How the Economy Sends us to School

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We spend around 2,400 days of our lives in this system, and we have no say in those days. Seven hours a day, 185 days of the year, we are in the same building. But the people spending these seven hours aren’t the ones deciding the timing of them—businesses make these decisions for us. What I’m talking about is how our N.C. yearly school schedule reflects more the interests of the tourism industry rather than the those of the students.

Every year for three months, most of the under-18-year-old portion of the U.S. population (around 22.9%, according to the U.S. Census Bureau) becomes completely unoccupied and ripe-for-the-taking by the American tourism industry. During these summer months, most Carrboro families take trips to visit family in other states, see new places or just hang out at the beach. And that’s exactly how it’s supposed to work.

By creating this massive market for commercial America, our public school schedules—and, by extension, those of most private/charter schools—have become part of a carefully crafted system that provides business owners around the country with a massive and dependable source of income. Are we as a state really okay with our public schools being scheduled by business owners? Beyond that, our current schedule gives students only three minutes between classes, which gives the school day a nonstop feeling that can be overly stressful to students.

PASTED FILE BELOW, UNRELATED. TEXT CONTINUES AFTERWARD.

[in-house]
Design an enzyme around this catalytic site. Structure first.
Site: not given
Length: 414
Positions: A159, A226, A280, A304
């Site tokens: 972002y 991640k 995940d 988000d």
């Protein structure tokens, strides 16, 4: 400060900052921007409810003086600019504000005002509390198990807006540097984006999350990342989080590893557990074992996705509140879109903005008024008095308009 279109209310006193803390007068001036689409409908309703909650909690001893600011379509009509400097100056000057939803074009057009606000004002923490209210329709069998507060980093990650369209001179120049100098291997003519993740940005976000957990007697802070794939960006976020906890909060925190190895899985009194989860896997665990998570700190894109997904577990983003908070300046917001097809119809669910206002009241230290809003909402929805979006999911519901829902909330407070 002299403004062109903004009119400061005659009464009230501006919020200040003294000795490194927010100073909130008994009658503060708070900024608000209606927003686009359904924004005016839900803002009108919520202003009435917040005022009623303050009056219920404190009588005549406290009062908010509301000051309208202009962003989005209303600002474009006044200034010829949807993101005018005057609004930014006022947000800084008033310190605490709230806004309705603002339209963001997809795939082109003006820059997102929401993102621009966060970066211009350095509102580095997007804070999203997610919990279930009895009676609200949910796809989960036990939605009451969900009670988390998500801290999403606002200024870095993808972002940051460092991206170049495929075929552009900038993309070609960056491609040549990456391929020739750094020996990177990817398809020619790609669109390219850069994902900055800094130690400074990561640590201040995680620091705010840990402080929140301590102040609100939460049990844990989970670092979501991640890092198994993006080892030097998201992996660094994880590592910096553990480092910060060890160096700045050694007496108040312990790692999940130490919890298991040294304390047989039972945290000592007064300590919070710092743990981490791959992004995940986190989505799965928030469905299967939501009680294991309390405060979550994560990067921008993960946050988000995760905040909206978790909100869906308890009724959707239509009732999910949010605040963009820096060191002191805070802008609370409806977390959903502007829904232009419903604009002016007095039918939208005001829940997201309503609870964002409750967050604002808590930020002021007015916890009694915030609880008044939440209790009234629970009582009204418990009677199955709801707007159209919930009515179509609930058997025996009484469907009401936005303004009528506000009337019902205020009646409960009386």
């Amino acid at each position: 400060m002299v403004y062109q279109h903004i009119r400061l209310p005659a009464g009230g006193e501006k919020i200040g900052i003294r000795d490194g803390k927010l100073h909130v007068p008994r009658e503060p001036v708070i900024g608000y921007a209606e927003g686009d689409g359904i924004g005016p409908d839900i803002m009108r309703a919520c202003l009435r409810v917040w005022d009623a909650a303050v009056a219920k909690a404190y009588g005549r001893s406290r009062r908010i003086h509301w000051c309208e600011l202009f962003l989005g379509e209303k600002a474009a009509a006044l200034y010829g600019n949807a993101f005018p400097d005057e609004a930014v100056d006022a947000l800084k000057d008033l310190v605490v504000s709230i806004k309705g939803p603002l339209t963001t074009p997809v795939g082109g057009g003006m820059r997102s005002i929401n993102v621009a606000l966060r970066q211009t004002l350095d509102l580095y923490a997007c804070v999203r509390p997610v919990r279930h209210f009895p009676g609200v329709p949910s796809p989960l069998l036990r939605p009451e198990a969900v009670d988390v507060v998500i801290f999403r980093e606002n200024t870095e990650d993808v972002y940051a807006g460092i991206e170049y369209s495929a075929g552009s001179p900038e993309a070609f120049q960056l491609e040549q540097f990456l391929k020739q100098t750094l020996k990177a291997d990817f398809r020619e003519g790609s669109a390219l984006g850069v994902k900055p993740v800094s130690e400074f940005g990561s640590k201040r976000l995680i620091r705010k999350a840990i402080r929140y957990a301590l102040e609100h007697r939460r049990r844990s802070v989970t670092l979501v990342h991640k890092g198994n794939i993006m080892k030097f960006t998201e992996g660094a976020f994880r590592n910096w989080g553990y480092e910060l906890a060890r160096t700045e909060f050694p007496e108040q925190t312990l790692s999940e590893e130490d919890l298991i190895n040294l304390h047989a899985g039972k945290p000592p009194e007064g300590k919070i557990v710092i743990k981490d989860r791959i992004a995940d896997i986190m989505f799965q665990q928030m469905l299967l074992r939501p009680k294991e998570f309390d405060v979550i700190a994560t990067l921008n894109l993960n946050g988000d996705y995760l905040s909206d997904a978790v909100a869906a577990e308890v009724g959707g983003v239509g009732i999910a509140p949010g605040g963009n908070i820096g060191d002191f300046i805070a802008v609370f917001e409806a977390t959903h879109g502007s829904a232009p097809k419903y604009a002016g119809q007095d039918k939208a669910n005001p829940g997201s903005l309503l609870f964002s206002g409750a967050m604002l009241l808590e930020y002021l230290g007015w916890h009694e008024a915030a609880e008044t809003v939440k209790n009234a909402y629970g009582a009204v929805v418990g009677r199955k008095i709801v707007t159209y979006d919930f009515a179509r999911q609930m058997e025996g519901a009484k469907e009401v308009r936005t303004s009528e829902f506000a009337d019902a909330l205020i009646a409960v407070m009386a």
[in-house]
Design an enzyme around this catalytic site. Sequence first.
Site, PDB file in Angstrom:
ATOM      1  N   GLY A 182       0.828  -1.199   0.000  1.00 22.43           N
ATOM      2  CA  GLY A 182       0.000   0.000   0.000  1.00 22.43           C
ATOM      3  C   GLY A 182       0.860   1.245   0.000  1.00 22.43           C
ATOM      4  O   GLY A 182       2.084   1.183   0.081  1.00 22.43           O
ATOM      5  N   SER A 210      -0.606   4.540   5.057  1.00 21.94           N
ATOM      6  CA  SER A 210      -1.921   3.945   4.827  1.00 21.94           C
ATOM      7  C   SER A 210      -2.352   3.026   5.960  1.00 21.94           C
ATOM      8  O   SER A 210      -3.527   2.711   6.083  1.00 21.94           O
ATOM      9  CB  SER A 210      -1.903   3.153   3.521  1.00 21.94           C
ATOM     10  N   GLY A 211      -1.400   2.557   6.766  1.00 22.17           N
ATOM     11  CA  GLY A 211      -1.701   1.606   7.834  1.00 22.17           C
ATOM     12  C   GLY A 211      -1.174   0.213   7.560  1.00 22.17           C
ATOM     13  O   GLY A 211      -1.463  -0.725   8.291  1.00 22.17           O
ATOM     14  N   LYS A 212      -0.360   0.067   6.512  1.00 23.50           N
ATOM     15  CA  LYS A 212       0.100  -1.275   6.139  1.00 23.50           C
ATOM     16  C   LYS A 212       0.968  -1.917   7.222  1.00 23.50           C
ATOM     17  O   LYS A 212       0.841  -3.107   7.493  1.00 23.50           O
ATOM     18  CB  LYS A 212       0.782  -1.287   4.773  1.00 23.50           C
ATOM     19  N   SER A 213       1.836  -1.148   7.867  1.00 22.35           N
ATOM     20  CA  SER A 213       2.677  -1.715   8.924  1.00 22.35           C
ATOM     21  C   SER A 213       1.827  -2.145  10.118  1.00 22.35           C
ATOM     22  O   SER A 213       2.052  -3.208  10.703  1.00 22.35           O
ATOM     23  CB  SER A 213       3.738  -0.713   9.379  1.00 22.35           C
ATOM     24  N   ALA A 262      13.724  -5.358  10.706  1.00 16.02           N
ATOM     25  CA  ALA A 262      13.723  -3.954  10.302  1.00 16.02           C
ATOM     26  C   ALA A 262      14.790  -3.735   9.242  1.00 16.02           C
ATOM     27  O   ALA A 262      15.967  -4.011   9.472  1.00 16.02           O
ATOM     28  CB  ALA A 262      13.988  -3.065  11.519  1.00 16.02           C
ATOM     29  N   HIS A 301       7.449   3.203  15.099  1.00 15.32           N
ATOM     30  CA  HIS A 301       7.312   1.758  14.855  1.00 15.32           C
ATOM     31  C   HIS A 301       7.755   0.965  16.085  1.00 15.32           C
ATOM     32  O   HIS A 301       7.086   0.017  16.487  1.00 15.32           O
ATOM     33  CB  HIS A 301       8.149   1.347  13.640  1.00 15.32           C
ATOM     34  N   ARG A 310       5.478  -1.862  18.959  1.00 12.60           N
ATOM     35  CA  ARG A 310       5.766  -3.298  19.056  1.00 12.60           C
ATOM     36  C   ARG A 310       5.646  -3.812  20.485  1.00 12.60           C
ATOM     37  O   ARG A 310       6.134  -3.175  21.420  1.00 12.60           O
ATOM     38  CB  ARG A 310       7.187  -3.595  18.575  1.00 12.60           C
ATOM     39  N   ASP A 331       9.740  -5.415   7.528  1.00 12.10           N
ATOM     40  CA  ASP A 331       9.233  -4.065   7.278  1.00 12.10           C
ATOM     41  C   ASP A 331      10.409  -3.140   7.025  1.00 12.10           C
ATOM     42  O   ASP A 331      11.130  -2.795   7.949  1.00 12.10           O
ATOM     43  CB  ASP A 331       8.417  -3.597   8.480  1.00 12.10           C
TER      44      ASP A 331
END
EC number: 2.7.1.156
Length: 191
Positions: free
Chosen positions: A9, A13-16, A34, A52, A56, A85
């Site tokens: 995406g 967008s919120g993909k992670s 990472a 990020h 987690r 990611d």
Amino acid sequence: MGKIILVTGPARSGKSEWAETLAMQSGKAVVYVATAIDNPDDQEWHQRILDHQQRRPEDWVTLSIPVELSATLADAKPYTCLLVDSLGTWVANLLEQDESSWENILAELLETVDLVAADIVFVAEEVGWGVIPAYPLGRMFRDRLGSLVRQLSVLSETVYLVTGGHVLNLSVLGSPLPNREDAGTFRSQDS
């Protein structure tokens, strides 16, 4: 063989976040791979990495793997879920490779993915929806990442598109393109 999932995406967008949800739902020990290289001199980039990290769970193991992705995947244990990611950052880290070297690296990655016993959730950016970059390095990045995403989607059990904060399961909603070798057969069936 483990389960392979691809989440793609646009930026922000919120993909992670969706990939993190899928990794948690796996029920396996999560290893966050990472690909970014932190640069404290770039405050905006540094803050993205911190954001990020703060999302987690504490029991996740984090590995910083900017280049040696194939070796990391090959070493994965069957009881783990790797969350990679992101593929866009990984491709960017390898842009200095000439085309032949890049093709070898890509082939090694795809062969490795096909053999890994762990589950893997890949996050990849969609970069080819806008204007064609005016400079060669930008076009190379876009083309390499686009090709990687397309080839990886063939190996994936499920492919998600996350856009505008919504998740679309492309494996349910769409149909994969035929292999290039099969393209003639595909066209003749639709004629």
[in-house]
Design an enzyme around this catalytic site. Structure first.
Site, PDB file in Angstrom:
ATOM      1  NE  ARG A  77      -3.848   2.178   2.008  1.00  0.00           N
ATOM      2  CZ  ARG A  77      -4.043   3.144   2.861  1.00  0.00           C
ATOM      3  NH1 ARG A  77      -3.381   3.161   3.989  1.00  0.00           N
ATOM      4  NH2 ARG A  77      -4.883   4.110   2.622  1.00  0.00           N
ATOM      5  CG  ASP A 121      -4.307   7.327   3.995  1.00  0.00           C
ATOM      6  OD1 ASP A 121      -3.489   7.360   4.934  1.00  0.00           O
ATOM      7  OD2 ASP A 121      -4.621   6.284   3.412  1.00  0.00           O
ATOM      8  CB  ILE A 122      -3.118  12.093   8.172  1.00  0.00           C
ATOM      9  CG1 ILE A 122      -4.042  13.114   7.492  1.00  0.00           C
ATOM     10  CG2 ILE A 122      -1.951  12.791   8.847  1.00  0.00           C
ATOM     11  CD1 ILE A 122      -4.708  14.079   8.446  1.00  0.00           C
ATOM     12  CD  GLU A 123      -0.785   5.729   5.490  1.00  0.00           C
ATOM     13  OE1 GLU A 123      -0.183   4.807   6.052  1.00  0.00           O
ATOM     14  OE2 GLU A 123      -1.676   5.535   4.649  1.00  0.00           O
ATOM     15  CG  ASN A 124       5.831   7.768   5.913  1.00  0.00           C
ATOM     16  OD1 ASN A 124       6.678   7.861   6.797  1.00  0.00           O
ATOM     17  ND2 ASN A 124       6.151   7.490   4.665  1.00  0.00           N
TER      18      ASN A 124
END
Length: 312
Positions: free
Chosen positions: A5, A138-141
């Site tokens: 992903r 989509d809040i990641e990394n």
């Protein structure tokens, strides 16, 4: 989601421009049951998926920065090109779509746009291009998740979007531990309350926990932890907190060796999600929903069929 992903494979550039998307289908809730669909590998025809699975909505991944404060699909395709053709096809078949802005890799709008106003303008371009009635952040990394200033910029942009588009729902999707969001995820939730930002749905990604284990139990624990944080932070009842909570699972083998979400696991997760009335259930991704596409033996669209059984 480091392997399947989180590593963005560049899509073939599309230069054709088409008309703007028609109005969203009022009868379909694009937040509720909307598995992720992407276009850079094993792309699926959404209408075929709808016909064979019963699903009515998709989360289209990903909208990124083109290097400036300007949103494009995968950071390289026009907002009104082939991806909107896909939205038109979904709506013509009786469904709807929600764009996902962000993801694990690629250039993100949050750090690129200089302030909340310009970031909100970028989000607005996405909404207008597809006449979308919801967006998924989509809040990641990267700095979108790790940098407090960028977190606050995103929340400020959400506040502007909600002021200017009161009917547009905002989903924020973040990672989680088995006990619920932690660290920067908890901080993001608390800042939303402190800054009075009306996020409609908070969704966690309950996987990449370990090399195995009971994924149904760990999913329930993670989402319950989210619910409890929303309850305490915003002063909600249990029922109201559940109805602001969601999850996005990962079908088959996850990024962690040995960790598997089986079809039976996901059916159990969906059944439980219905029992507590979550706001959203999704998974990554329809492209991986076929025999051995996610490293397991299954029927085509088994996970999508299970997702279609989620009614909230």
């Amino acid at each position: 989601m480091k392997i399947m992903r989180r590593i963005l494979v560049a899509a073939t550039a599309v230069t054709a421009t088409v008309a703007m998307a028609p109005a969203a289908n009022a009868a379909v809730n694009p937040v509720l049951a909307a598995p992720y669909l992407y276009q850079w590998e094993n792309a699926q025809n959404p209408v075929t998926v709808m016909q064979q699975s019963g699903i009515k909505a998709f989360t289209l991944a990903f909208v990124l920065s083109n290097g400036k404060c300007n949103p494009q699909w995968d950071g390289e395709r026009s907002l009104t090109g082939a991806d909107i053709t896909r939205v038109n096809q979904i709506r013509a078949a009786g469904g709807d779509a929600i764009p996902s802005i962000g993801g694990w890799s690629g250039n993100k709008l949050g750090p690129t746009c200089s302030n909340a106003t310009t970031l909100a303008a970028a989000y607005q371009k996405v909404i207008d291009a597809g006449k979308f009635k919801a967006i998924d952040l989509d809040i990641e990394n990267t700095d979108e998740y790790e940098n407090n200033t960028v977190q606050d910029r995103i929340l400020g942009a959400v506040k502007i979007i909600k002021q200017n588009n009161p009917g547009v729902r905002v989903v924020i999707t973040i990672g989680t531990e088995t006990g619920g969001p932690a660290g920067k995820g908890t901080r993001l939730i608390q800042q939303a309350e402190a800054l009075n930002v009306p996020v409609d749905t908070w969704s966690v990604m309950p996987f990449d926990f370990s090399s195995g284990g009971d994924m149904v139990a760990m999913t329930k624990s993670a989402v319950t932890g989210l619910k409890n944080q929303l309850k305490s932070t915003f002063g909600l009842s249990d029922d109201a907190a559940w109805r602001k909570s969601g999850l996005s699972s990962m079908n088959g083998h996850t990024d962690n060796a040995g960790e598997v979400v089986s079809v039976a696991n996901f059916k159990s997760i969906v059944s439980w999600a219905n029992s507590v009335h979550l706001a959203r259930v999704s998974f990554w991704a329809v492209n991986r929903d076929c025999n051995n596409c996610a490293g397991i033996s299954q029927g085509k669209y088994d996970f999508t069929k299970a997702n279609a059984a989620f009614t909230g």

However, it doesn’t need to be this way. There’s a better school schedule; one that would give students more structure and make the year feel more spaced out. That schedule is simple: nine weeks on, two weeks off, for four quarters—and then a full four week break between each grade year. This satisfies both the district’s 185-day-per-year requirement, while still making the sub-18-year-old population available for commercial exploitation for a full month out of the year.

The benefits don’t stop there. With a full two weeks between each quarter, school becomes more structured, and student stress goes down thanks to the consistent and extended break time. Families will also still find it easy to take their yearly vacation, and may even find that crowds are smaller if they go to Disneyland during the two-week winter break instead of during the spring or summer.

But this still isn’t the perfect system. The second component of a perfect school schedule is equally as simple though: block schedules. Not only do block schedules allow students to have a more meaningful amount of class time everyday, but the 90 minute classes allow a standard course to be completed in one semester—meaning that students can take eight courses per year. Add that up and you can satisfy your 22-credit graduation requirement within just three years of high school. This in turn allows for more flexibility in class scheduling and creates more time in students’ schedules for extracurriculars and career development.

A combination of a four-class per-day block schedule and nine weeks on, four weeks off, would benefit students, teachers and parents, as well as continue to sustain the U.S. commercial machine. It is absolutely nonsensical for our education system to remain in its current state, which creates stressed students and is commercially-controlled; it’s up to us students to push change in that system.